Hot Cocoa Charcuterie Boards Are The Holiday Treat You Didn't Know You Needed

It's difficult to imagine anyone ever serving up a bad cup of hot chocolate. But if you are looking to make sure your guests get their hot cocoa just right, you're probably thinking it would be better if you got people to just DIY their own drinks. Enter: the hot cocoa charcuterie board.

Before you say "EEEEEWWWW cold meat and cheese don't belong in hot chocolate," we would agree with you, but hear us out. The word "charcuterie," which, according to Merriam-Webster, technically refers to dressed meats and meat dishes, we'd like to invite you to think about the term "charcuterie board" the way some hosts think of it today: as a quick and easy way to offer up a wide variety of delicious snacks, nibbles, and apps. Except in the case of the hot cocoa board, you'd be looking to offer different ways to make and dress up the hot cocoa of your dreams. 

There are no rules involved in building a hot cocoa charcuterie board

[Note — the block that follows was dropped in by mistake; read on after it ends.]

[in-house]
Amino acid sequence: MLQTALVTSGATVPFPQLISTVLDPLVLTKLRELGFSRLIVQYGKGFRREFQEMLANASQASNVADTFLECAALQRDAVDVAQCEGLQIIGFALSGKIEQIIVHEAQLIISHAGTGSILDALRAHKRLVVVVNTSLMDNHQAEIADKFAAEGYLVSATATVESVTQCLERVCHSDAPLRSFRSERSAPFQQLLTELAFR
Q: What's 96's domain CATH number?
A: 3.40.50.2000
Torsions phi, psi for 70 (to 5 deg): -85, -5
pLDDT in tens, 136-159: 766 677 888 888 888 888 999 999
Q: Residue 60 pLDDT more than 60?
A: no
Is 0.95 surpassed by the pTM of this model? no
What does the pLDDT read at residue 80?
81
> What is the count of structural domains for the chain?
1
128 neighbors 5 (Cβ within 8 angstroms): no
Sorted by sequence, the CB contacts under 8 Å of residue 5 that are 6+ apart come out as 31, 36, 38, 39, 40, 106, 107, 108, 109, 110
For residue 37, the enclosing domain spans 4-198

Unlike the fancy architectural design work that goes into building a gingerbread house or a charcuterie board (which, in this case actually means building up an edible, savory, cheese-cracker-and-meat home) there are no rules for building a hot cocoa board. But if you're someone who absolutely needs to have rules, Eating Well suggests presenting ingredients that anyone would need to upgrade their cup, from cocoa powder, whipped cream, and marshmallows, to candy, chocolate chips, cookies, sprinkles — and maybe flavored liqueurs like Baileys, Kahlúa, or Frangelico to turn your drink-for-all-ages into something the grownups can enjoy after a night of dealing with the children.

And because presentation is everything and we tend to eat with our eyes first, you'll want to set out the ingredients in jars that are both festive and decorative (via Best Products). With all of us likely to be stuck at home this Christmas season, a hot cocoa board could become the holiday drink upgrade we didn't know we needed.